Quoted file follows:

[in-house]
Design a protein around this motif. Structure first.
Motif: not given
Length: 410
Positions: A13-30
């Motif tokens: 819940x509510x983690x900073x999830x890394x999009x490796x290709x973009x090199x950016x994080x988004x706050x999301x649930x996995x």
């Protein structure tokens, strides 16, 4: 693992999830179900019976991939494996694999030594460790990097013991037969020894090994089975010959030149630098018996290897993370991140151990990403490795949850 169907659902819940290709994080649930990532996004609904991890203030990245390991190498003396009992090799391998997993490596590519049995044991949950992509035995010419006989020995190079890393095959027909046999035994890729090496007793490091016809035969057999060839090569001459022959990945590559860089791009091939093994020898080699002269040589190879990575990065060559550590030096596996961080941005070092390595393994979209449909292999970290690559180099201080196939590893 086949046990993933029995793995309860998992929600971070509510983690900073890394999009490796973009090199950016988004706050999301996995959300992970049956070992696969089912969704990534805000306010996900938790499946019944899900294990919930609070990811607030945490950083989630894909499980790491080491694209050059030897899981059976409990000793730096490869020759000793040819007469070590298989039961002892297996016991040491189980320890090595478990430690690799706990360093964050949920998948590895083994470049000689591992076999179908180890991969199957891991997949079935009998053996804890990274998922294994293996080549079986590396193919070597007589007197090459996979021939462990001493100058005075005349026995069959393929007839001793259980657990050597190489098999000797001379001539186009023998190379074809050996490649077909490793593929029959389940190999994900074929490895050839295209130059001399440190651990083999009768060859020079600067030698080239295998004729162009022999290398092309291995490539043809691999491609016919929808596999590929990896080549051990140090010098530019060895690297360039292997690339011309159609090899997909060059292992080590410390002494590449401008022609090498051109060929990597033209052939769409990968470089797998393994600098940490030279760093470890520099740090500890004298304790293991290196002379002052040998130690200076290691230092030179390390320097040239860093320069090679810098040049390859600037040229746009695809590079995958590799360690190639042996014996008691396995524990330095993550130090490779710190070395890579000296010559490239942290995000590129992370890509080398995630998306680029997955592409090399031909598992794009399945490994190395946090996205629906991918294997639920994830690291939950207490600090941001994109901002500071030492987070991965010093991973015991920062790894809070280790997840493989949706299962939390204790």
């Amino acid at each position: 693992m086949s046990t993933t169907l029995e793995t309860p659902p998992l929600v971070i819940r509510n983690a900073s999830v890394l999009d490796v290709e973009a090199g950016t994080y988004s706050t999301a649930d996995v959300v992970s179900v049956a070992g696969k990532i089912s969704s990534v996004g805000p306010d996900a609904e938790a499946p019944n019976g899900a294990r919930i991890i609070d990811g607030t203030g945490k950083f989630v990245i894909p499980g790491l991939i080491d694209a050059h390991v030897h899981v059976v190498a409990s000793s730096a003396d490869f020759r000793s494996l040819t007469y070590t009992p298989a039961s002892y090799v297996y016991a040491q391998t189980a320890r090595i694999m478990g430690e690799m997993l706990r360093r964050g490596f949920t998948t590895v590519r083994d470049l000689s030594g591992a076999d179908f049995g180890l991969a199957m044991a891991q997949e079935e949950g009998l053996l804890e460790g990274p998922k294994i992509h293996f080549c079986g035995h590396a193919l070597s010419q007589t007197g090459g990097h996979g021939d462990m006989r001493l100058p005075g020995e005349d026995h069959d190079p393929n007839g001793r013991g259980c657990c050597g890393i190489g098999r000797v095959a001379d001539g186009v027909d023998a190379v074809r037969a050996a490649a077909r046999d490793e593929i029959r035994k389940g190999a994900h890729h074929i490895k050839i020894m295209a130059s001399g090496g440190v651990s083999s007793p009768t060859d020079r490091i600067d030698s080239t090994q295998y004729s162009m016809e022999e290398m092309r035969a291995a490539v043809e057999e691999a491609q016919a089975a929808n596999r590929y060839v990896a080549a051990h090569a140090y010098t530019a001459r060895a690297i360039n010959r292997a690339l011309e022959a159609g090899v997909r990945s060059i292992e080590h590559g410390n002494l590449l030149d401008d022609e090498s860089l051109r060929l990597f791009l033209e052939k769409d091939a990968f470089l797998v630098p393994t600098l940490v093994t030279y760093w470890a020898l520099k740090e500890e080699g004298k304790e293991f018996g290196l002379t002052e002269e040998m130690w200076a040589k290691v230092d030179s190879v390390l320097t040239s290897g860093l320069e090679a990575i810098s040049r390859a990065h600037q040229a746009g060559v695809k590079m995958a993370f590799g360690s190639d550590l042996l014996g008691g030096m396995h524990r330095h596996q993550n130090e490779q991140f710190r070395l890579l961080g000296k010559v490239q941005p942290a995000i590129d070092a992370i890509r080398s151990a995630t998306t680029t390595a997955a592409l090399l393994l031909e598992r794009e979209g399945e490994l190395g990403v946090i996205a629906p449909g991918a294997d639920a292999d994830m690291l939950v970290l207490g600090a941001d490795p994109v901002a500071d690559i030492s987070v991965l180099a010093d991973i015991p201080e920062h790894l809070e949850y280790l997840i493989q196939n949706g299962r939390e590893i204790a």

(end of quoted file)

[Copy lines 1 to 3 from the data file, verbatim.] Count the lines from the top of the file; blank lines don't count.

[in-house]
Design a protein around this motif. Structure first.
Motif: not given